Pope Francis' discussion marking the end of the Union of Superiors General of religious men at their 82nd General Assembly made just one day’s headline and then faded from the news. Too bad, because it was one of those spontaneous conversations where the truth suddenly pops out and deserves more attention. This is the meeting where Francis described the need for dividing seminaries into smaller communities to facilitate dialogue. Otherwise, he said, “We are creating little monsters.”
Get the scene: these are the 120 men most responsible for training young men to become not just priests but priests who have decided to join religious orders, which means, in practice, that they live not in a rectory with two or at most three other diocesan priests, each of whom—at least in the big, old rectories I have visited—has his own apartment and who may or may not have dinner together, depending on who has what to do. Religious order priests live in community (from six to 60 members) with a community Mass, common dining room and recreation room, where they might join for a libation before dinner. Some of the big, old houses still have 10 bedrooms on a floor with the bathroom and shower at the end of the hall.
The 120 religious superiors had asked for a brief meeting; but once they asked the pope “What do you expect of consecrated life?" he opened up and the meeting went three hours.
In short, the lifestyle of religious order priests should approximate the interaction of a family. Ideally the religious community should be able to compensate to some degree what is lost by the priest leaving his natural family behind. Celibacy represents a sacrifice. Though some may attempt to compensate—by food or drink or power or a double lifestyle—there is no substitute for a wife and family; but Pope Francis insists, “Formation is a work of art, not a police action. We must form their hearts. Otherwise we are creating little monsters.”
He lists uncommon attitudes which would make the church attractive: “generosity, detachment, sacrifice, self-forgetfulness in order to care for others.” The priest must move around, get different viewpoints, and this requires real contact with the poor. If they don’t do that they run the risk of being “abstract ideologists or fundamentalists, which is not healthy.” This is not a “folkloric adaptation of customs,” he insists; it is a mentality.
I recently asked a wise journalist friend, the father of two and author of several books, what quality he considered most important in a priest. He was silent so long that I thought he had not heard my question; then he tried to describe it before giving it a label. It was extreme sensitivity to the feelings and experiences of other people. The more I understood him, I saw that he was describing the kind of sensitivity that emerges from the unpredictability, the surprises, of married and family life, where each member must constantly reset his or her feelings and desires to honor the freedom and individuality of the other.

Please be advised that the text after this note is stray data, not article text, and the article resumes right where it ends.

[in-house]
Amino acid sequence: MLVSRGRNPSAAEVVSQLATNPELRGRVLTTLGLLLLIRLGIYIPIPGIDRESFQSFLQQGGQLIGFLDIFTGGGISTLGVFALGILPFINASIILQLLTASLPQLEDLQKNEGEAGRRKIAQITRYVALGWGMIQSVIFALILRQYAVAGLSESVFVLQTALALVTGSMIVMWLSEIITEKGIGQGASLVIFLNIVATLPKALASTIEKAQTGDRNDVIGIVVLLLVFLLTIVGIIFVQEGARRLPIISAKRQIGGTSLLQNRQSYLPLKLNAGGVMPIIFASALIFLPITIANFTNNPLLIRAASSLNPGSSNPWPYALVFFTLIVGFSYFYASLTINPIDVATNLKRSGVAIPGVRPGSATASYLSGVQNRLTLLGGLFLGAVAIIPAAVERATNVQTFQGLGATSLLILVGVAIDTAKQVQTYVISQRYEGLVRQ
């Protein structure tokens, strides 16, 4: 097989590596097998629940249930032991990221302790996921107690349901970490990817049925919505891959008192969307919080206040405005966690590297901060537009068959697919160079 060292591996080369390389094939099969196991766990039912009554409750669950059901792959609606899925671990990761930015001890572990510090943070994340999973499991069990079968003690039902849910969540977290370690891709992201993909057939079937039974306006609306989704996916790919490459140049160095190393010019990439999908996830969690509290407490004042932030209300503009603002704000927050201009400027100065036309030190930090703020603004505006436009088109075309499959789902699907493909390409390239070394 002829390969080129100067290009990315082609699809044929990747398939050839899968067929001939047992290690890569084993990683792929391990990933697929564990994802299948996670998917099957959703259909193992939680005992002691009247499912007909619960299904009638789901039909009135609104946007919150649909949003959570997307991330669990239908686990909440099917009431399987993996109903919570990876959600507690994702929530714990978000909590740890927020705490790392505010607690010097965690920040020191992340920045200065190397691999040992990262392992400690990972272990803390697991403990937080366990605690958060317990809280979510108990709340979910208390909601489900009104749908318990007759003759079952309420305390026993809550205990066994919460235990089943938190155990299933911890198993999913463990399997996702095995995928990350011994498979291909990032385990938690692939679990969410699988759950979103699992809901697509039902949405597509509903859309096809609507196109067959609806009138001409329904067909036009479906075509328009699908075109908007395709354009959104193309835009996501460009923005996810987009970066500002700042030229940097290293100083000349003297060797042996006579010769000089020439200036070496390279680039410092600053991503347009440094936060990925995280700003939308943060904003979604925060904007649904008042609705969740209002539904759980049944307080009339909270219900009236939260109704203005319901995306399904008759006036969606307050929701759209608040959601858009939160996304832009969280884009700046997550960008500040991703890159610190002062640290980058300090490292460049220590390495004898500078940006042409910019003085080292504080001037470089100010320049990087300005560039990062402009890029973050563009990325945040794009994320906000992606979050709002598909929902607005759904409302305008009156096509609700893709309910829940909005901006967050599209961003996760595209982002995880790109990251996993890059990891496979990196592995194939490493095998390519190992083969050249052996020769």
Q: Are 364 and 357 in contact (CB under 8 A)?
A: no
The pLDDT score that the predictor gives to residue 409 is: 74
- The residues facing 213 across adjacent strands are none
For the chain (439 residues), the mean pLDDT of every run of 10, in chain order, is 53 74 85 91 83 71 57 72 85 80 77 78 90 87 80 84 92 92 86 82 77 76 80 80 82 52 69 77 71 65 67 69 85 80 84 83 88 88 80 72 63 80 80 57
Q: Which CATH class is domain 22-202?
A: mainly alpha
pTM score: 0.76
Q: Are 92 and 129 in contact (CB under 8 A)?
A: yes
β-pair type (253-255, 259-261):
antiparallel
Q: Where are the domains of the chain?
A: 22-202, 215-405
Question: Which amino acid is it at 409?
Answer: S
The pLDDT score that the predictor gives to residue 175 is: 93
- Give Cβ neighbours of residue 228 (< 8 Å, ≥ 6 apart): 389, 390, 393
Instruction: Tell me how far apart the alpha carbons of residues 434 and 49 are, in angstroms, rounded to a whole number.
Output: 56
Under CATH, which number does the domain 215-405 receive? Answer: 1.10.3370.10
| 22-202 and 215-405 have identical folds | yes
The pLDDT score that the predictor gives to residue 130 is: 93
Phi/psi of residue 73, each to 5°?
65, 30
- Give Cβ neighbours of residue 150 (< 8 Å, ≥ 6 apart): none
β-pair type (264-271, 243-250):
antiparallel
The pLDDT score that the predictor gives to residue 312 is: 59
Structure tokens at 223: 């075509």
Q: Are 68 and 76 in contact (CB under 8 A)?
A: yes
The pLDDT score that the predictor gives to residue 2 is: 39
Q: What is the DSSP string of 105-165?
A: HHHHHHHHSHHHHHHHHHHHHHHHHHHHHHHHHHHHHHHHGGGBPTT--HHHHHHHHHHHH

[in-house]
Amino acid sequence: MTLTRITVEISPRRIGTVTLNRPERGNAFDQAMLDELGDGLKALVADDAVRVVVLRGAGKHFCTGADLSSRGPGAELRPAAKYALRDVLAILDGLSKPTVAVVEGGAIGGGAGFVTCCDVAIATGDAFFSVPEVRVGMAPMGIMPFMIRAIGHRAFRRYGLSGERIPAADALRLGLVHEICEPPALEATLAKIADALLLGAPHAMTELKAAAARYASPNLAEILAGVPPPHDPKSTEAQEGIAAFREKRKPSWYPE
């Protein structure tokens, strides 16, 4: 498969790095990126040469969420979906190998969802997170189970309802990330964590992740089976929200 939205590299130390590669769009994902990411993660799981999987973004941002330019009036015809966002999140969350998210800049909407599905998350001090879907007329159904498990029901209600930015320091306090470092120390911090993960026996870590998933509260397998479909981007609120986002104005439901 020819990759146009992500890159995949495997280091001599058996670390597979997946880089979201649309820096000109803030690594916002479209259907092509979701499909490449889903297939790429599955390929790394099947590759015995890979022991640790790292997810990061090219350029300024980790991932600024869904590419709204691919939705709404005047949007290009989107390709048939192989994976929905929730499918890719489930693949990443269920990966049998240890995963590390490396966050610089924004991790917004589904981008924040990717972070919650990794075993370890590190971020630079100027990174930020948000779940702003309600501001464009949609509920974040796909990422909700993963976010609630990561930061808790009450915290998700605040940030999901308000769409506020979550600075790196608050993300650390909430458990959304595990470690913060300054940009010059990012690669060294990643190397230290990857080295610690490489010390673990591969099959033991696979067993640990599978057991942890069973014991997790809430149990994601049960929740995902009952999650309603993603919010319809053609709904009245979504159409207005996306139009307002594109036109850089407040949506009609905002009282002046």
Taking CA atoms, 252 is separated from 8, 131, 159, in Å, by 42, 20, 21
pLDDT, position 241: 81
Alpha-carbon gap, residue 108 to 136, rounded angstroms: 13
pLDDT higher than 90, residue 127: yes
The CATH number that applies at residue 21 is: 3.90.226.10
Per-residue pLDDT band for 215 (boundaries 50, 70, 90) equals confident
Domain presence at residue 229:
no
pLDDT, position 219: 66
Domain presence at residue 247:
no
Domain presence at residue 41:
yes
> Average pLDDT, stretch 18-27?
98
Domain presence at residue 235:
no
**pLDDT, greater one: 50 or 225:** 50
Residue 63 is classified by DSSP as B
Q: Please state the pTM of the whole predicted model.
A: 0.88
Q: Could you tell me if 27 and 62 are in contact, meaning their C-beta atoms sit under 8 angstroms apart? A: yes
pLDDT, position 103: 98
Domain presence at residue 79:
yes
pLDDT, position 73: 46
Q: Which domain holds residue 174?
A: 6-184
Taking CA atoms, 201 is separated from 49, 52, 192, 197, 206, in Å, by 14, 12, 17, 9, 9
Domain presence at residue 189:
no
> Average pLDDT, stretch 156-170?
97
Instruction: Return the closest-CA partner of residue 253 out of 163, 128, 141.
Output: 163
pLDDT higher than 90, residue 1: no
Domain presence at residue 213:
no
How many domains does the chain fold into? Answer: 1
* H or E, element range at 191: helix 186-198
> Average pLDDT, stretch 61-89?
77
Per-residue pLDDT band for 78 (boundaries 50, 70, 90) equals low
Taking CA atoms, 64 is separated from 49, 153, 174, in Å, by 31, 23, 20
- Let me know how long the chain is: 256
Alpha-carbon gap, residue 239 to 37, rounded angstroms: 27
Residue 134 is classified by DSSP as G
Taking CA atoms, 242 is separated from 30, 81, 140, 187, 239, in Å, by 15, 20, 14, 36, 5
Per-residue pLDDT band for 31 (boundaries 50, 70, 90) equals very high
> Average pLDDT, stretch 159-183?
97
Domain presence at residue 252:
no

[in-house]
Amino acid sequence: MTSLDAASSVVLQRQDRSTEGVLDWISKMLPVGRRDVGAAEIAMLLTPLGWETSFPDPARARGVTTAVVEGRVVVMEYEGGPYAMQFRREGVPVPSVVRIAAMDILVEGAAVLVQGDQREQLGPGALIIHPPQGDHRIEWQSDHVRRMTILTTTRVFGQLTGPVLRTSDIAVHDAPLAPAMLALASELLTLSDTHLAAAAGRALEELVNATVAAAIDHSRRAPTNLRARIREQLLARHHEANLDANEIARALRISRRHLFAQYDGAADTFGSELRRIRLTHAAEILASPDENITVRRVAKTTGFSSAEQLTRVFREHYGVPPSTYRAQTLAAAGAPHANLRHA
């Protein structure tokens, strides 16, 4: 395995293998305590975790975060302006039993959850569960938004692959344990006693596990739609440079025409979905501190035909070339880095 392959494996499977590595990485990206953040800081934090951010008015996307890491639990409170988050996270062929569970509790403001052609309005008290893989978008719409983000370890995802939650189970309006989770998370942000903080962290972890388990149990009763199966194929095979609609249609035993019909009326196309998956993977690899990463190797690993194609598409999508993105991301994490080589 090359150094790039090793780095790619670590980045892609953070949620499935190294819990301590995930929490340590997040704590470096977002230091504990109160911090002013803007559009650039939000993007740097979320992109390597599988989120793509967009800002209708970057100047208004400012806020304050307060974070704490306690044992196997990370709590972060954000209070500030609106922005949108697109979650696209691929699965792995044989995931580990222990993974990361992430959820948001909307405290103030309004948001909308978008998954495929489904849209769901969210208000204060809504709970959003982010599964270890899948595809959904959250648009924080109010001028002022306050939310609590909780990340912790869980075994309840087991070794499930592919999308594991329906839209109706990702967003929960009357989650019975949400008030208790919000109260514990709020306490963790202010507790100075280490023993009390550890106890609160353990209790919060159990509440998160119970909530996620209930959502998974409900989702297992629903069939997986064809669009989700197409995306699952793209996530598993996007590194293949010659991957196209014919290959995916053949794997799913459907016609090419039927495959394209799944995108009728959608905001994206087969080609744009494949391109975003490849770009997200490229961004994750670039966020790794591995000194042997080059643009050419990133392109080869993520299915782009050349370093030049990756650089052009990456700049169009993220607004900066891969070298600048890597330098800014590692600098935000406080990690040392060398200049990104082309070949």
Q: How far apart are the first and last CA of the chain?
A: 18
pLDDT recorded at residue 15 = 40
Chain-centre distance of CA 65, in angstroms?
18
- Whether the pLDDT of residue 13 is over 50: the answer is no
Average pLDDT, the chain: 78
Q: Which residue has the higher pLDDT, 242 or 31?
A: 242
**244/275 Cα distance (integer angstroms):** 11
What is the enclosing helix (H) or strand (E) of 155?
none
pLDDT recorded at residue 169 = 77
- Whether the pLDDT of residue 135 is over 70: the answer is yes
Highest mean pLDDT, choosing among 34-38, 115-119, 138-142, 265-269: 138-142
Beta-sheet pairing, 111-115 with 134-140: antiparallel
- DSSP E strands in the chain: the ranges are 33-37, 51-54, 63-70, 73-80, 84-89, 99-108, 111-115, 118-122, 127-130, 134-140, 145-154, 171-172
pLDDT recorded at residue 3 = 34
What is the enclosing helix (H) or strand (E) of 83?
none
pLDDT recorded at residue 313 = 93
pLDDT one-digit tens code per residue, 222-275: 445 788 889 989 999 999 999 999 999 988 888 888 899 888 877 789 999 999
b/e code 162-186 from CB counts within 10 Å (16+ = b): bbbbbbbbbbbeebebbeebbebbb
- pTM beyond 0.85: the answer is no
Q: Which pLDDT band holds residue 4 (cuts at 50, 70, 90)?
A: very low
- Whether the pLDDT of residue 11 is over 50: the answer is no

The challenge of celibacy is to achieve these virtues without the experience of marrying and raising a family. John Courtney Murray, S.J., touched on this in a talk to fellow Jesuits in 1947, “The Dangers of the Vows” (Woodstock Letters, vol 96, Fall 1967). He warns young Jesuits about the risks of losing their manhood. Look around, he said, and see men damaged by the way they react to the vows of poverty, chastity and obedience; and see men unorganized, and intellectually and emotionally immature. They lack responsibility, integrity and purpose. This is because they have failed to encounter and master the three elemental forces—with the earth, with woman and with one’s own spirit. With chastity, he says, “sex is dead,” “man risks becoming a disembodied head, that fancies itself the whole thing when it is not.” “Your typical bachelor is proverbially crotchety, emotionally unstable, petulant, and self-enclosed—small and childish in emotional life. Your religious risks being the same. The chaste spirit risks being also the childish spirit.”
A major influence in my life was Joseph R. Frese, S.J, a Harvard educated Colonial historian and later academic vice president at Fordham University. I served his Mass every day for three years, and he concelebrated my ordination and preached at my final vows. In retirement he stayed close to families he had ministered to over the years, even to the point of babysitting, for which he proudly learned how to change diapers when the parents were out. It seems to me he embodied the hopes of Pope Francis, my friend and the priest’s yearning for realities of family life.